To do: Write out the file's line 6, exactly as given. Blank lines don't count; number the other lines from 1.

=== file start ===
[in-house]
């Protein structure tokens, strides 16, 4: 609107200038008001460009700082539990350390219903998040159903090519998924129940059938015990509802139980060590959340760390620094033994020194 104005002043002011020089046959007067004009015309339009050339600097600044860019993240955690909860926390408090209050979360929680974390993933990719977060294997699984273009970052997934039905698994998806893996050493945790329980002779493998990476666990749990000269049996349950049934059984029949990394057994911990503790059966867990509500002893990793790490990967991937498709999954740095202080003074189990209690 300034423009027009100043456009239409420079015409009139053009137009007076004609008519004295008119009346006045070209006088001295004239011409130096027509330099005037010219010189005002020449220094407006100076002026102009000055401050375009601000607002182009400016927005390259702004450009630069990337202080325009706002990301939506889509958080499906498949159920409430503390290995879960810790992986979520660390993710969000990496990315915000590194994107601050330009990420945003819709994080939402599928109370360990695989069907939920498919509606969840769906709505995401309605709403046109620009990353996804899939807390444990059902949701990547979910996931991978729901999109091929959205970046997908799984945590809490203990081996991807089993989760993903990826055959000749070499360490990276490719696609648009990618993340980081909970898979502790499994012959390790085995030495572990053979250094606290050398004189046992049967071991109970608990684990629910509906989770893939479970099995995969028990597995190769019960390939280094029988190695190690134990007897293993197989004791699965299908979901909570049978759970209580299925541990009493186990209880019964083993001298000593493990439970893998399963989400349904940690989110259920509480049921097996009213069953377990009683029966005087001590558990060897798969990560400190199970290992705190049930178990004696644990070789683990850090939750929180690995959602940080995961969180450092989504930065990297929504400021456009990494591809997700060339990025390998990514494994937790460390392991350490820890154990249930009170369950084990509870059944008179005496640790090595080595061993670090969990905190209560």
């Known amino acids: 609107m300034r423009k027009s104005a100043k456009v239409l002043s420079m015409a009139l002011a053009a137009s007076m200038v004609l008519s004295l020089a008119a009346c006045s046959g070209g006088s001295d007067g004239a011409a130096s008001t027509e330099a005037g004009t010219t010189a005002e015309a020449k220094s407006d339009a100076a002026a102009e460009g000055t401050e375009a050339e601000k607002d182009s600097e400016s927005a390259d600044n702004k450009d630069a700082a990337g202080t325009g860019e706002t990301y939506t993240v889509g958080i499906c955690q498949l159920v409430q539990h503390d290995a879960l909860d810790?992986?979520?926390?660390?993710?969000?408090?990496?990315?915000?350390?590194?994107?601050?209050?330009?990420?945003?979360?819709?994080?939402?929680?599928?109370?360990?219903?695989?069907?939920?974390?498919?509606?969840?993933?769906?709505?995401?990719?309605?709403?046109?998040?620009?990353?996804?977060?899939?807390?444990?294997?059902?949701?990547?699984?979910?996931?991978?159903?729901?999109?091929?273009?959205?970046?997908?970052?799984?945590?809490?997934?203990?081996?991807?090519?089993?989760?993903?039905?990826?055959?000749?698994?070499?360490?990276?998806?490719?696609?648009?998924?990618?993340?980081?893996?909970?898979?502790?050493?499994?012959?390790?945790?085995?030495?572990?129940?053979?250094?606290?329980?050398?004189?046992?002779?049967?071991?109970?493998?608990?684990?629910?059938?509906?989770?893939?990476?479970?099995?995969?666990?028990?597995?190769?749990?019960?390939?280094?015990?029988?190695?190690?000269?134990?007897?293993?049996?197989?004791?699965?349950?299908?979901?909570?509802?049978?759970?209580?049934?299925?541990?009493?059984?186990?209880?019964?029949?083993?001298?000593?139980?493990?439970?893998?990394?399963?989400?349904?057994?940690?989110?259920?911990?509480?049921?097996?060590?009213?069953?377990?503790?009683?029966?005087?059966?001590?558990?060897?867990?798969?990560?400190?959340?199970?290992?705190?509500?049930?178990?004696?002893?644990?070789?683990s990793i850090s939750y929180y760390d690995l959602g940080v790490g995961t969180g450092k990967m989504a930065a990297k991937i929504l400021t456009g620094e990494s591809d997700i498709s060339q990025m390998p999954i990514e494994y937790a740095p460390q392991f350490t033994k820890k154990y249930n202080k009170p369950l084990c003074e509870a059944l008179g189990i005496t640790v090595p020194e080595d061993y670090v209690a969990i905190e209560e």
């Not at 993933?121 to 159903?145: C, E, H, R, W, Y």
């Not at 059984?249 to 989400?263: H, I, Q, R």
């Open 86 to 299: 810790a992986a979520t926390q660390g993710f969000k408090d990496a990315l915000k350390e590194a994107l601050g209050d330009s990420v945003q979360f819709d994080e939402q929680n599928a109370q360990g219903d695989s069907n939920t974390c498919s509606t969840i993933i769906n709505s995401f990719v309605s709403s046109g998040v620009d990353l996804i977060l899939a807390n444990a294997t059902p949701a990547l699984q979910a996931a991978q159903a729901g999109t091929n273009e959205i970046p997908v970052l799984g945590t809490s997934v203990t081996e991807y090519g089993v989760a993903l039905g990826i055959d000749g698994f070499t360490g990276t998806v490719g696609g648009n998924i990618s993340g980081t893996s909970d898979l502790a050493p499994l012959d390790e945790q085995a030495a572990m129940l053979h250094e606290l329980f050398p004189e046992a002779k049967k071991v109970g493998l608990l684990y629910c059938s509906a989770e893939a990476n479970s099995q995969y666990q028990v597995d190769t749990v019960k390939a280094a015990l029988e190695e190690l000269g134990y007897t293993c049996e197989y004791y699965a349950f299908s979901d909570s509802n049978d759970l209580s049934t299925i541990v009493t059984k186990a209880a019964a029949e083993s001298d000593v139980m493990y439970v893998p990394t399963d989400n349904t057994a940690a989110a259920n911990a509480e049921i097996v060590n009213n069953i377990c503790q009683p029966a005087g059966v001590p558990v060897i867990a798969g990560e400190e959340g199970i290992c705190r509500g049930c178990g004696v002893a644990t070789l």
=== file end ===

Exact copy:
């Open 86 to 299: 810790a992986a979520t926390q660390g993710f969000k408090d990496a990315l915000k350390e590194a994107l601050g209050d330009s990420v945003q979360f819709d994080e939402q929680n599928a109370q360990g219903d695989s069907n939920t974390c498919s509606t969840i993933i769906n709505s995401f990719v309605s709403s046109g998040v620009d990353l996804i977060l899939a807390n444990a294997t059902p949701a990547l699984q979910a996931a991978q159903a729901g999109t091929n273009e959205i970046p997908v970052l799984g945590t809490s997934v203990t081996e991807y090519g089993v989760a993903l039905g990826i055959d000749g698994f070499t360490g990276t998806v490719g696609g648009n998924i990618s993340g980081t893996s909970d898979l502790a050493p499994l012959d390790e945790q085995a030495a572990m129940l053979h250094e606290l329980f050398p004189e046992a002779k049967k071991v109970g493998l608990l684990y629910c059938s509906a989770e893939a990476n479970s099995q995969y666990q028990v597995d190769t749990v019960k390939a280094a015990l029988e190695e190690l000269g134990y007897t293993c049996e197989y004791y699965a349950f299908s979901d909570s509802n049978d759970l209580s049934t299925i541990v009493t059984k186990a209880a019964a029949e083993s001298d000593v139980m493990y439970v893998p990394t399963d989400n349904t057994a940690a989110a259920n911990a509480e049921i097996v060590n009213n069953i377990c503790q009683p029966a005087g059966v001590p558990v060897i867990a798969g990560e400190e959340g199970i290992c705190r509500g049930c178990g004696v002893a644990t070789l």